Wearable Technology And E-Textiles
Sensor laden smart shirts have been around for some time. Engineers are integrating circuitry into clothing to produce shirts to keep you cool, to LED-packed dresses. However, they aren’t becoming popular.
“The user needs to feel comfortable,” says Dr. Ana Neves, a researcher from the University of Exeter in the UK who specializes in wearable electronics. “Most smart textiles still rely on integrating conventional electronics onto fabrics, attaching them to the surface and removing them when the textile needs to be washed.”
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As part of the E-TEX project, Dr. Neves and her colleagues are using a different approach, by building devices directly into the fibers of textiles using flexible and lightweight components. For instance, it is possible to design a t-shirt to monitor the wearer’s heartbeat without the need for embedded electronics.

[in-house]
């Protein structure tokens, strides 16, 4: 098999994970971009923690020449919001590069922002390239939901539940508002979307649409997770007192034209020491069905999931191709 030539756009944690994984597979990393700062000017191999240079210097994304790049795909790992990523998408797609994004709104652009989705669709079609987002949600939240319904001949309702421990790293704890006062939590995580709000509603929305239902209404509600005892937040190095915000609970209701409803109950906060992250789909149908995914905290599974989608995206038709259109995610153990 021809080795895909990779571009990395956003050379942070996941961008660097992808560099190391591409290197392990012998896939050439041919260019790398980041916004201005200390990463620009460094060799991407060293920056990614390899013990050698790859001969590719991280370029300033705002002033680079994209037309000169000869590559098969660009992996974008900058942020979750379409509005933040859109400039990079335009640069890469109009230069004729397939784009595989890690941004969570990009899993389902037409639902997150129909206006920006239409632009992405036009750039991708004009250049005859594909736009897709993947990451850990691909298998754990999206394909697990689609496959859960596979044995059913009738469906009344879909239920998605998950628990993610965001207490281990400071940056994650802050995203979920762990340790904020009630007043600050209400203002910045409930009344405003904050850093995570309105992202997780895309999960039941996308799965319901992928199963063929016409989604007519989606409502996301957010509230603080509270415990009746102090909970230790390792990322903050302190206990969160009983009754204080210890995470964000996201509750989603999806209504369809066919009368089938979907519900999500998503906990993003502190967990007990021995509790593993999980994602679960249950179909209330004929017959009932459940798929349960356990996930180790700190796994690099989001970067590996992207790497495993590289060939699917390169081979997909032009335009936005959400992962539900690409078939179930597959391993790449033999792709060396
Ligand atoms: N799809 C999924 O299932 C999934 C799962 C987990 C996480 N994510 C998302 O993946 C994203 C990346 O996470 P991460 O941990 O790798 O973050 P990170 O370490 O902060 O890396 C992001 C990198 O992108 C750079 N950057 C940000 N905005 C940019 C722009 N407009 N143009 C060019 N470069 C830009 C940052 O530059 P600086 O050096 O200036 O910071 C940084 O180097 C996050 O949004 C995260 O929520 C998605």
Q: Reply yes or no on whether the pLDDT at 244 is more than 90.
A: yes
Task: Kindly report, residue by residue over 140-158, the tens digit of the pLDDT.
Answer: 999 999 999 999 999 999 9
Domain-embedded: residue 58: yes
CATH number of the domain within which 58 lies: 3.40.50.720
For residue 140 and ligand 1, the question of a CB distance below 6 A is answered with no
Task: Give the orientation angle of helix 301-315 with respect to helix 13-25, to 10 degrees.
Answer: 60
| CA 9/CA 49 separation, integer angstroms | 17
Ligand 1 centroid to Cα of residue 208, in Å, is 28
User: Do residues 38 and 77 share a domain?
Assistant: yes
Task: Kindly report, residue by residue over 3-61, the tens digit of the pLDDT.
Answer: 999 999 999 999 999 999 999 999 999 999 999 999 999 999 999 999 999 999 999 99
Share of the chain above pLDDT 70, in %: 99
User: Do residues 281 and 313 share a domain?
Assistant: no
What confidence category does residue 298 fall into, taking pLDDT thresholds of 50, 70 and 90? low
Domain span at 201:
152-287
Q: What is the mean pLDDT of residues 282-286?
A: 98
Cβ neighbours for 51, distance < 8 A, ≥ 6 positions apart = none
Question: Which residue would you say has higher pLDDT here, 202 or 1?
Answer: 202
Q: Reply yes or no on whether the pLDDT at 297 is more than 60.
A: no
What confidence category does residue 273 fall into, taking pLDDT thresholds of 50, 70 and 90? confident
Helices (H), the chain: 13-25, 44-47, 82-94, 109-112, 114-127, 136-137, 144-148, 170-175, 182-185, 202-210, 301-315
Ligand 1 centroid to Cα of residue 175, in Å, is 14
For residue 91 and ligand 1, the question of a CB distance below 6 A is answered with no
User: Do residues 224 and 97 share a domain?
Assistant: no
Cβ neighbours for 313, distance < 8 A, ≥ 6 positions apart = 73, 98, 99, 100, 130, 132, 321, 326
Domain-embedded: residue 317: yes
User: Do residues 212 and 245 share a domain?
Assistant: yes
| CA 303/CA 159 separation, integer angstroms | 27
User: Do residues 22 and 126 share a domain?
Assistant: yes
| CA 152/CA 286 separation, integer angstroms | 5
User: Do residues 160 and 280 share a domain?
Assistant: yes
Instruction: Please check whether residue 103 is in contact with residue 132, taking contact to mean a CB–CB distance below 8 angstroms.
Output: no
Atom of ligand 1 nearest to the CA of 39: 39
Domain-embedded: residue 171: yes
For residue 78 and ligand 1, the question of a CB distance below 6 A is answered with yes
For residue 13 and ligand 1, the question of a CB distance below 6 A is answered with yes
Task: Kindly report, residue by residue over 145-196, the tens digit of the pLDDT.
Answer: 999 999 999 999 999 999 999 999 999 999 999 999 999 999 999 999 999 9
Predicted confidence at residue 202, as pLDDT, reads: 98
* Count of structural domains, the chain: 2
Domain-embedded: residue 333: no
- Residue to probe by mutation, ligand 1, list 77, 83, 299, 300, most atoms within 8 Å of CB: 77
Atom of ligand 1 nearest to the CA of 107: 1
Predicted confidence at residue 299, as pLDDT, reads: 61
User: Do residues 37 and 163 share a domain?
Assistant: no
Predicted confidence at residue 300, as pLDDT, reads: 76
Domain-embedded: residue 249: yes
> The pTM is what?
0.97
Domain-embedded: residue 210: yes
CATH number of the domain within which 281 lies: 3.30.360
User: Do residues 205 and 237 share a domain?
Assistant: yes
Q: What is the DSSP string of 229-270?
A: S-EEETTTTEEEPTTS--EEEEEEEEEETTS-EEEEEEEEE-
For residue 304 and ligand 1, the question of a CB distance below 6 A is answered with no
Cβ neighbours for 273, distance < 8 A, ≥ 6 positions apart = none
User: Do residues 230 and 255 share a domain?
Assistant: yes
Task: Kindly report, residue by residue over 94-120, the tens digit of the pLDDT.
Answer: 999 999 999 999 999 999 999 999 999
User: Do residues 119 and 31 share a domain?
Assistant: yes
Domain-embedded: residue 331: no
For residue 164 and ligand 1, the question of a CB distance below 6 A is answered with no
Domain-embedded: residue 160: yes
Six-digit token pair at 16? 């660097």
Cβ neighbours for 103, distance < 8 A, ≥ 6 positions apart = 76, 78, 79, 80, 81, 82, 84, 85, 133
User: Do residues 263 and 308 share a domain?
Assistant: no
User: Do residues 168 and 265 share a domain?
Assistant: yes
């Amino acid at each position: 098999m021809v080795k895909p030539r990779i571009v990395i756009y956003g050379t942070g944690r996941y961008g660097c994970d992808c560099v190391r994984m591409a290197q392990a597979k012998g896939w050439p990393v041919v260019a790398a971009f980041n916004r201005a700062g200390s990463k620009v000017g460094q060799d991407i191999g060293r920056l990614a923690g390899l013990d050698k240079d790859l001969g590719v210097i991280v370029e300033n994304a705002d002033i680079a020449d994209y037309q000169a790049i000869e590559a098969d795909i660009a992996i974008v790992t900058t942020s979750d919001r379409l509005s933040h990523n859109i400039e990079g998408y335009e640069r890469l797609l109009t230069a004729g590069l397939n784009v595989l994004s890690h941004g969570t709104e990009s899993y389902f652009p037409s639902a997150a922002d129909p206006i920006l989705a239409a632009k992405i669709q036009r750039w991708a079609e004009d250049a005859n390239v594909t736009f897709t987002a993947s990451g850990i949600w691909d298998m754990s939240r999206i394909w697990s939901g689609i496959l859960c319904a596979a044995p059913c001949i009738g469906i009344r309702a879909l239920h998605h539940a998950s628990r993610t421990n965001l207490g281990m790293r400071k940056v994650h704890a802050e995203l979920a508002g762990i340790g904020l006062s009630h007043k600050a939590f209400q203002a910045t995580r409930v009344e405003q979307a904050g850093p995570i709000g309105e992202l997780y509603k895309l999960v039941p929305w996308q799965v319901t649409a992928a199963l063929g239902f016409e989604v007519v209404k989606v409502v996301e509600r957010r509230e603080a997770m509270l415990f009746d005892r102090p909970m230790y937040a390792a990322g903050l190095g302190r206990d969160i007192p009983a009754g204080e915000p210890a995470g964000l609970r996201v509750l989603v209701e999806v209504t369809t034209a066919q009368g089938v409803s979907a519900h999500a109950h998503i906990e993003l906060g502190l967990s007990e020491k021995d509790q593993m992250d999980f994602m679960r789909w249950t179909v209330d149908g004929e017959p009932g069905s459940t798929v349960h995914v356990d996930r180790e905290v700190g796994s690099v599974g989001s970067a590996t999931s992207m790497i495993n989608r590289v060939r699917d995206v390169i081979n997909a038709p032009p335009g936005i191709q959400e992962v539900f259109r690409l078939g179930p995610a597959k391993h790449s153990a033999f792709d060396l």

Dr. Neves got the idea of the project in 2014 when she developed a technique to make textile fibers conduct electricity by coating them with graphene.
The properties of graphene, a lightweight, bendable, stretchable semi-metal are ideal for use in textiles. It is also transparent, making it suitable for light-emitting displays.
“If we simply add a step or two, the chances of this type of technology being adopted will be significantly higher than if we tell a manufacturer that they need to completely reformulate their production lines,” said Dr. Neves.